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  • Writer's pictureWayne Ewing

The Premiere

Updated: 6 days ago

The May, 1998 New York premiere of Fear and Loathing in Las Vegas was of course filled with both fear and loathing for Hunter. He feared the film would be panned, and he loathed Terry Gilliam.

Hunter had already seen the film at an unusual screening in Aspen two weeks earlier. Universal sent a 35mm “double system” print of the film in which the sound is separate from the film. Only in Aspen could you find a 35mm projector capable of playing two monstrous rolls of 35mm picture and sound together in sync. The screening room of an Owl Creek mansion owned by a women’s clothing magnate had just the right equipment, including luxurious sofas and an elaborate bar in the back. Sheriff Bob drove me, Hunter, and Heidi – his assistant and girlfriend at the time – to the screening and stayed to see the show.

“This is better than I thought. I’m pleasantly surprised,” hollered Hunter, as the credits rolled and the Stones played “Sympathy for the Devil. ”

“It is ugly,” Hunter then added, a bit begrudgingly.

“It’s your life. What do you expect?” Heidi countered.

“Like a drug survival trip,” Hunter admitted.

“We survived,” the Sheriff concluded.

But, surviving the actual premiere in New York was another matter. For some reason Terry Gilliam seemed intent on insulting Hunter while publicizing the film, and Ralph Steadman joined him. The two of them sat down for two and a half hours together to talk about the film and Hunter. Ralph taped their session, and then gave the tape to The New York Times. Amidst what is actually an interesting conversation about film making and Gilliam’s career, they went out of their way to disparage Hunter:

GILLIAM. He is an outrageous romanticist, a huge romantic about America, and a hugely self-absorbed person as well. That’s why he thinks he’s the Messiah in a strange way. He’s God, he’s God.

STEADMAN. He’s a Messiah of a kind.

GILLIAM. And they come to the mountain all the time, and he’s stuck in there. I think that’s a sad side of Hunter’s: he’s stuck in time. I keep saying the guy died around 1974, and the guy that’s here is this mummified version of him. He has to keep living a life, and being here.

The ending of The New York Times piece was particularly offensive to Hunter:

GILLIAM. When I first met Hunter, there was a bottle of Chivas, a bottle of wine, a can of beer, I think. There was a tin of coke. He had his hash — what else did he have?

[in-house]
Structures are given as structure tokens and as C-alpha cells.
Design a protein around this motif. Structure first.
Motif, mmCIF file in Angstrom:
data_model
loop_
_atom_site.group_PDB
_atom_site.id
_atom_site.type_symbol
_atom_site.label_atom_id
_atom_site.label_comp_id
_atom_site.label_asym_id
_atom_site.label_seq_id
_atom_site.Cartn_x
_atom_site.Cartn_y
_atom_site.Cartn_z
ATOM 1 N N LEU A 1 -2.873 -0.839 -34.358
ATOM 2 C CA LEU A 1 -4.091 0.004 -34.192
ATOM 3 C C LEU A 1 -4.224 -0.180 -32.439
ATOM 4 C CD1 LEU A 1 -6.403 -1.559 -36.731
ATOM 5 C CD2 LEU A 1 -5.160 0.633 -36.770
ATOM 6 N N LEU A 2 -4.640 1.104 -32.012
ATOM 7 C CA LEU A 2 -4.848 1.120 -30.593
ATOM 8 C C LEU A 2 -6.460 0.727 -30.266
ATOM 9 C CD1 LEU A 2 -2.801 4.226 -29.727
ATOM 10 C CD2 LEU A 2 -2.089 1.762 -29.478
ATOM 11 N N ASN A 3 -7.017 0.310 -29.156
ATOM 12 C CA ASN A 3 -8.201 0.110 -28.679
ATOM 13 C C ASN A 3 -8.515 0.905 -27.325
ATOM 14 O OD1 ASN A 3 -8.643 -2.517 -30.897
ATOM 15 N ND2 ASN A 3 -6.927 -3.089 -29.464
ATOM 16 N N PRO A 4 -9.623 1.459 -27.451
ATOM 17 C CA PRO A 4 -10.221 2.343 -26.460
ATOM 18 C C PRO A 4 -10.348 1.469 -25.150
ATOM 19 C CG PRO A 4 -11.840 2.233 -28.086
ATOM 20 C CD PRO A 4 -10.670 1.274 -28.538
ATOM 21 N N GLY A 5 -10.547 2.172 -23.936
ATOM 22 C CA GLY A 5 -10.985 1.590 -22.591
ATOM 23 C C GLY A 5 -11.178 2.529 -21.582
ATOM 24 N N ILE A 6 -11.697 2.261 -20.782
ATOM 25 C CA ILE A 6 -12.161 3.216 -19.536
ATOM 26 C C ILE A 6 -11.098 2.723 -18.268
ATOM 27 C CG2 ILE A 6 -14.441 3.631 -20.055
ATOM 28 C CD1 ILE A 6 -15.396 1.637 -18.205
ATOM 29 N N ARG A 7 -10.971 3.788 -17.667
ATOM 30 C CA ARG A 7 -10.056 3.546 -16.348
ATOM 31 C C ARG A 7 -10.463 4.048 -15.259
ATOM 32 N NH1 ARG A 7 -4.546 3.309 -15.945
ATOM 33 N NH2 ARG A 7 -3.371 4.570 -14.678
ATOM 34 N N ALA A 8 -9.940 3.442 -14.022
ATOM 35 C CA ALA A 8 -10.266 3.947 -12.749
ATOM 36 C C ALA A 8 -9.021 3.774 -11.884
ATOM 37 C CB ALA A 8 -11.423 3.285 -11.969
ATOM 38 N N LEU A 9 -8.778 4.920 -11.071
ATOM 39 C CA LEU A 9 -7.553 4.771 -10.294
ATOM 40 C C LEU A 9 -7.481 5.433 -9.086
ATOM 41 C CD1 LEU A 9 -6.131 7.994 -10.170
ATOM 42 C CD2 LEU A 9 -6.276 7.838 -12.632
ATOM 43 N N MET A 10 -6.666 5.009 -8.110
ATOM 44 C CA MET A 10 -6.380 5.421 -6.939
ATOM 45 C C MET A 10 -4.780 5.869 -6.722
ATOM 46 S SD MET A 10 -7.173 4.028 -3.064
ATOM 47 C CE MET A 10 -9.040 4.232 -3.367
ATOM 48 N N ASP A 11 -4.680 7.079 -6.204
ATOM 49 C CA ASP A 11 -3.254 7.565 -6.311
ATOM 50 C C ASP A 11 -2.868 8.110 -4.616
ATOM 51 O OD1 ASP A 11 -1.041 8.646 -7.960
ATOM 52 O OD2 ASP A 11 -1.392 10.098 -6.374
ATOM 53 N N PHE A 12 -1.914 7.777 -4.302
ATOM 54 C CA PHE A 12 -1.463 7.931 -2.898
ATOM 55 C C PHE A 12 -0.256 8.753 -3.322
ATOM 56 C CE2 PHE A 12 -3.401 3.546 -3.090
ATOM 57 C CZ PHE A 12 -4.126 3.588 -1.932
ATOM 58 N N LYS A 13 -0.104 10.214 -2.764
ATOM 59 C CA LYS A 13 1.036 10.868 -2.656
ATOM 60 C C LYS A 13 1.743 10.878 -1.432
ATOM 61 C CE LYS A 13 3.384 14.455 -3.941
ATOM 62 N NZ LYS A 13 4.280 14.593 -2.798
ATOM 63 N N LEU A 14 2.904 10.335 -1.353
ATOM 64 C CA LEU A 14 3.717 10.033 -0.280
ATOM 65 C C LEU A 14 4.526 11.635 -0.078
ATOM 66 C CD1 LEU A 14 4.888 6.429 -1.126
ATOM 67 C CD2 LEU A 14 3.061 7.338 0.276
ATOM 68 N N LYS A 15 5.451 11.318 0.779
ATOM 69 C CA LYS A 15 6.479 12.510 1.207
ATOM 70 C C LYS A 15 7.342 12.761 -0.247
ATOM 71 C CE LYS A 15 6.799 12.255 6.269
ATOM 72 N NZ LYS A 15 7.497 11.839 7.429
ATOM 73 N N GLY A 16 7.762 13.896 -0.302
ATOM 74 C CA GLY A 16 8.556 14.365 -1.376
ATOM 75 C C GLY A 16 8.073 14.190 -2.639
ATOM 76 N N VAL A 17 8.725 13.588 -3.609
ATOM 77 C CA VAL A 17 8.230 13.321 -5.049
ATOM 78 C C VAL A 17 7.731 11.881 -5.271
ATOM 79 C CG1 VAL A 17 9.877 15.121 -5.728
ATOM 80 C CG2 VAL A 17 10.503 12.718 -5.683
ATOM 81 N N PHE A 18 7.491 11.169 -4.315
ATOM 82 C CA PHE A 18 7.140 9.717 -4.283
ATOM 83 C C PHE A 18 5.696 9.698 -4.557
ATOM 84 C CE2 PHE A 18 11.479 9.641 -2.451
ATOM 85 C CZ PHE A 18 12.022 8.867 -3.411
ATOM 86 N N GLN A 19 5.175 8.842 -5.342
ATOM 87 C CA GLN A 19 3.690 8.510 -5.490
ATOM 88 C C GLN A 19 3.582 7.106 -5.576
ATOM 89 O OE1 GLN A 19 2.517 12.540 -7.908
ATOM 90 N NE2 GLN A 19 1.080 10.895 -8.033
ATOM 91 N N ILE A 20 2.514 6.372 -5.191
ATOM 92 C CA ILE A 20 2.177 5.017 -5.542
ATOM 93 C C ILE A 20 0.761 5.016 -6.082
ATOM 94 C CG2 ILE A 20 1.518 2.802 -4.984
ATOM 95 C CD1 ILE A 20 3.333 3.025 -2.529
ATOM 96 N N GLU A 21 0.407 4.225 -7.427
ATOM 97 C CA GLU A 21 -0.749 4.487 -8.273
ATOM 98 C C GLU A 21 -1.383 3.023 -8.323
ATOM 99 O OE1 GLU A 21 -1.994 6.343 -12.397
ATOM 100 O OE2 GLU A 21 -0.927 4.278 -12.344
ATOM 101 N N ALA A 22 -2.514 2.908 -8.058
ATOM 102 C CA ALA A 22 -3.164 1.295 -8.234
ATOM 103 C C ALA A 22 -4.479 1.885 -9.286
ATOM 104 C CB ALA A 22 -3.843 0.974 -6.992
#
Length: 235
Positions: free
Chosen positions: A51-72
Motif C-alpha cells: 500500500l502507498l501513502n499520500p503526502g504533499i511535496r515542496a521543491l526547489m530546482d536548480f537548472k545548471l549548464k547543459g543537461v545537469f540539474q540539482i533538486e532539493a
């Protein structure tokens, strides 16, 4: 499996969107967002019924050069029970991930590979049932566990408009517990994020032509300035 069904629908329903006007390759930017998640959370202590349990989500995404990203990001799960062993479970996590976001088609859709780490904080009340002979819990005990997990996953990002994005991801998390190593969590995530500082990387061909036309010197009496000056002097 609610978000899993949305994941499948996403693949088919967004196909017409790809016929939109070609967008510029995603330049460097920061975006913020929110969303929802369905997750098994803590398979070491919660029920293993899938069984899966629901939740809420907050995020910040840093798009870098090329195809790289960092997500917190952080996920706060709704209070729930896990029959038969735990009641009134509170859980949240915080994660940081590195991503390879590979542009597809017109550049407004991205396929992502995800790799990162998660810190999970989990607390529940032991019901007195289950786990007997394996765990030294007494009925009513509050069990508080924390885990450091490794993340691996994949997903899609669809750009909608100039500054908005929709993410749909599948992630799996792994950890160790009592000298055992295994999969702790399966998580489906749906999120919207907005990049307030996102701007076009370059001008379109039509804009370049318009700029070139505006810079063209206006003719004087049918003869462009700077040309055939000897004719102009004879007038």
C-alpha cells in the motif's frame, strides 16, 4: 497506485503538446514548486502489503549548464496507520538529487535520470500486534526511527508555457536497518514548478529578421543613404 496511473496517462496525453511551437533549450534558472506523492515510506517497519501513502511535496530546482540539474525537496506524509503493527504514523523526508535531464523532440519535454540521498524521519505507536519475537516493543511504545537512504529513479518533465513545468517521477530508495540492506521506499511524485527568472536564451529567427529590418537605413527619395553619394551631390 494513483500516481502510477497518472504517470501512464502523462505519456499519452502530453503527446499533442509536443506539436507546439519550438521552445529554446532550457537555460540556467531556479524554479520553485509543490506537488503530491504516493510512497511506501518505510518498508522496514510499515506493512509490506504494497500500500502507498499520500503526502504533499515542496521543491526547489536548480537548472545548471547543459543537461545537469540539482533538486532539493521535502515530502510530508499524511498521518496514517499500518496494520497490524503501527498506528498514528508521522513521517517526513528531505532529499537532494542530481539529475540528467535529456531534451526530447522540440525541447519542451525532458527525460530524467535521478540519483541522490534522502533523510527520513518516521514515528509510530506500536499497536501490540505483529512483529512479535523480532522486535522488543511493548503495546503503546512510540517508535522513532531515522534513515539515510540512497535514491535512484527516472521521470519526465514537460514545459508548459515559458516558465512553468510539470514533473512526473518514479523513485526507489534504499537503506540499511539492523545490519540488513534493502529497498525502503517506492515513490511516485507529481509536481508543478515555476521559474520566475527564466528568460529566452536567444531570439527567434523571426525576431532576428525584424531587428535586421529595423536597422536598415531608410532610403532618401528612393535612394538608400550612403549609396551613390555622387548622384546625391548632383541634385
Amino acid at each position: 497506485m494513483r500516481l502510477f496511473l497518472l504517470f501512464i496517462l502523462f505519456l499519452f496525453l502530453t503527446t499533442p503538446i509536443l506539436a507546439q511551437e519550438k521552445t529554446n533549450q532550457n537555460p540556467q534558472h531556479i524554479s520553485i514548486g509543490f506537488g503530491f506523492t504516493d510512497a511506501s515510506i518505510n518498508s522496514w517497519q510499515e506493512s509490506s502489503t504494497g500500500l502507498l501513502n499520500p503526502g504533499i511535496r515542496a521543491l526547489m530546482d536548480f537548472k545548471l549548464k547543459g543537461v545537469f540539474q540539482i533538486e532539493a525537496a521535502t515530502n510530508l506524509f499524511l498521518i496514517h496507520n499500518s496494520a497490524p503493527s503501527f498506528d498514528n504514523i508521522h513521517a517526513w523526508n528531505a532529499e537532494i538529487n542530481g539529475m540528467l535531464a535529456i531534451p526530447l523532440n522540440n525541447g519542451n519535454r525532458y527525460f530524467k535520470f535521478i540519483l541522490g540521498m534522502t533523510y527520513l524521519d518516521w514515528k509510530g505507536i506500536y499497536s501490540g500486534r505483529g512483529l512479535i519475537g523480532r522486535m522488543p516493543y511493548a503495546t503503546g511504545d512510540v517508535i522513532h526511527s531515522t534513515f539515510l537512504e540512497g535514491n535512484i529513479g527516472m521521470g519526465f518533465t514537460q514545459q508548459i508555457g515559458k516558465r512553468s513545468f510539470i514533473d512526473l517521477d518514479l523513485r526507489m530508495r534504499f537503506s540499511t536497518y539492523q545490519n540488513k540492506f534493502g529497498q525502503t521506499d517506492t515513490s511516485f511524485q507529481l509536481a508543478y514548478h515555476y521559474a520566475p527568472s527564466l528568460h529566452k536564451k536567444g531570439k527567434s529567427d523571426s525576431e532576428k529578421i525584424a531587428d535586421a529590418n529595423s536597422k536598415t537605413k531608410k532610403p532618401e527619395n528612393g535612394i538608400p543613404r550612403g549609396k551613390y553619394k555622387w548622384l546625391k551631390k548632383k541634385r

STEADMAN. He snorts whiskey, too. Have you seen him clean his nose with whiskey?

In a FAX to Depp on the day the piece was published Hunter wrote, “Well, Mr. Gilliam has done his version of Pearl Harbor on me in the NY Times (May 3, ’98)…Chatting intimately about his Personal Access to me puts him on the same level as a Police Informant, like some crab-ridden slut on the street who sells tips to cops and mendacious gossip to Tabloids – some kind of failed whore who turns in her customers.” At the premiere in New York, a confrontation with Gilliam seemed inevitable, and could easily result in real violence.

The Carlyle Hotel at 76th and Madison was one of Hunter’s favorites, and mine as well. The staff at the Carlyle was discrete and understanding of their guests’ needs. Once, after being nominated for an Emmy Award for “The Bloods of ‘Nam”, I returned to the Carlyle with my girlfriend and in despair we drank every bottle in the mini-bar. Upon checkout I discovered a $445 dollar charge for the binge on my bill, and complained that it must be in error.

“How could anyone drink the entire mini-bar in one night?” I protested to the cashier.

“Of course, you’re right, Sir. I’ll remove the charge completely,” said the cashier with a look that still shames me today to remember. The man knew I was lying, but was too polite to argue. Just the kind of slack Hunter would require when he checked in under the name “Omar Gray” switching from his first choice of “Victor Suave” at the last minute since it had been used before. I see from my notes that Depp was checked in at the Four Seasons under the name “Mr. Stench.”